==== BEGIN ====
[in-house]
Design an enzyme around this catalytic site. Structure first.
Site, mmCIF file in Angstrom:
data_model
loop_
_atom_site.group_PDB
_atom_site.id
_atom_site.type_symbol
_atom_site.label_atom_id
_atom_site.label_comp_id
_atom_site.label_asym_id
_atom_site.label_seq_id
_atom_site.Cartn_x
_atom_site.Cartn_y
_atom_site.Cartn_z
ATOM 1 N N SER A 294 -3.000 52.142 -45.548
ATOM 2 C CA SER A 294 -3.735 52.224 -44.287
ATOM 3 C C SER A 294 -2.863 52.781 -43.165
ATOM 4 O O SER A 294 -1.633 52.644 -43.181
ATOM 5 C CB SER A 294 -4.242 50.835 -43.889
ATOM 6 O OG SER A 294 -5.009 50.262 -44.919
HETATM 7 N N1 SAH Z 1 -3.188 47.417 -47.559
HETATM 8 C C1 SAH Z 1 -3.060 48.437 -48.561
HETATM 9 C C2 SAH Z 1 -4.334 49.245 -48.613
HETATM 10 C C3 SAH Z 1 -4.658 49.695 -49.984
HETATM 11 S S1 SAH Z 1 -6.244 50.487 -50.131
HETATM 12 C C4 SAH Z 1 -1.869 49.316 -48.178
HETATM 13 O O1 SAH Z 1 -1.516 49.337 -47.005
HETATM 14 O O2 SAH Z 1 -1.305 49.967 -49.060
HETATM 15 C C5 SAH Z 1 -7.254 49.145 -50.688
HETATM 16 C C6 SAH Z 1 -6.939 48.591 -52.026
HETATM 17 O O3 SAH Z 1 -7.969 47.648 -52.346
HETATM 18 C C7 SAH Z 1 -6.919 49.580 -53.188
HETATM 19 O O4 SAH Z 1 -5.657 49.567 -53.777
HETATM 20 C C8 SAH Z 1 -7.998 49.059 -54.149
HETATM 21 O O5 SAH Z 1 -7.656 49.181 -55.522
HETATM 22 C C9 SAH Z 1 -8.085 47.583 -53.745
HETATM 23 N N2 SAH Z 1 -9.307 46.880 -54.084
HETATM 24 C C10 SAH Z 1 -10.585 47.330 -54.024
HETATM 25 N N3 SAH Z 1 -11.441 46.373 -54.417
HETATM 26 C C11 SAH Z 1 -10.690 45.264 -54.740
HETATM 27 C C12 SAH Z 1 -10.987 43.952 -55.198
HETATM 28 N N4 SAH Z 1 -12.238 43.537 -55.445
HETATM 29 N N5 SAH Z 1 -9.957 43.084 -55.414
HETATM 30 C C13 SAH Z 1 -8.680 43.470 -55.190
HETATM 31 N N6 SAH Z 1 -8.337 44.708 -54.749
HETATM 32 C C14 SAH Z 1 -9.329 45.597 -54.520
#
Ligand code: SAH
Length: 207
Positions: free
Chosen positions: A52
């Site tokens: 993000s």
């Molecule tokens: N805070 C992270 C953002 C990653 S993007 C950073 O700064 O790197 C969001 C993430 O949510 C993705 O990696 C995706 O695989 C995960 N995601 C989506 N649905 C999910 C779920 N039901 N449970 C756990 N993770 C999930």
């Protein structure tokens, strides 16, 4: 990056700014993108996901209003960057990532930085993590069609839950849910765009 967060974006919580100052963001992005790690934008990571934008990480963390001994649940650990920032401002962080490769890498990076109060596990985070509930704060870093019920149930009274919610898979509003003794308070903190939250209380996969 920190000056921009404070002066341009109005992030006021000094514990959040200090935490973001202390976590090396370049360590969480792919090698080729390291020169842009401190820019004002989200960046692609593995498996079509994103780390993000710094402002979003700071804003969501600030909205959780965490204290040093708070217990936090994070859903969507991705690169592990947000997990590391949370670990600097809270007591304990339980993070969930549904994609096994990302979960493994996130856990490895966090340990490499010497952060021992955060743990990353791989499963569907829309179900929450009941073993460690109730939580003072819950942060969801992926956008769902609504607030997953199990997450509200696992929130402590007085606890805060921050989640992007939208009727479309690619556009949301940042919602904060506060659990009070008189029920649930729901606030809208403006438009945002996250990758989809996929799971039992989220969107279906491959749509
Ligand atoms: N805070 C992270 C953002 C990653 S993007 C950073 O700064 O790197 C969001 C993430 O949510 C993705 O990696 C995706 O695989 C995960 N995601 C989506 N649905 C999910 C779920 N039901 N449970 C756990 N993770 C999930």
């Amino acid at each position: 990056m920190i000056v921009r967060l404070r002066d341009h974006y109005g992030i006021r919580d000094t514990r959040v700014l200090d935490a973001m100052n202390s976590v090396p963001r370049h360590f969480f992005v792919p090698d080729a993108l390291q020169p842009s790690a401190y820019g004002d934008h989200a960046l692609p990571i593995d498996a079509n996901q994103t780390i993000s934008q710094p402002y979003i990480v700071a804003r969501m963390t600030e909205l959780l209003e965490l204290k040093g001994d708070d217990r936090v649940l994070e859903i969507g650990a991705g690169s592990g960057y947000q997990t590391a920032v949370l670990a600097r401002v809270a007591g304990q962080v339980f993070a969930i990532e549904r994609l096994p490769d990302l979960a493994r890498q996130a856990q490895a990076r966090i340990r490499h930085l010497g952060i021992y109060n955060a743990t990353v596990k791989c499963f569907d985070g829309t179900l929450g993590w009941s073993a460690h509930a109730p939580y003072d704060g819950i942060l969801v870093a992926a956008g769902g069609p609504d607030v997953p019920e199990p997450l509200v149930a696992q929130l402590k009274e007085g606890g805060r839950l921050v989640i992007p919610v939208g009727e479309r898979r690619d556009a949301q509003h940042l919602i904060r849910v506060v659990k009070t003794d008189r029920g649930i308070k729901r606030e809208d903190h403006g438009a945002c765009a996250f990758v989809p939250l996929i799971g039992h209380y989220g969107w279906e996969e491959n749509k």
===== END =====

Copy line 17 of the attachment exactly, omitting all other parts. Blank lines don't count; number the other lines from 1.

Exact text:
ATOM 2 C CA SER A 294 -3.735 52.224 -44.287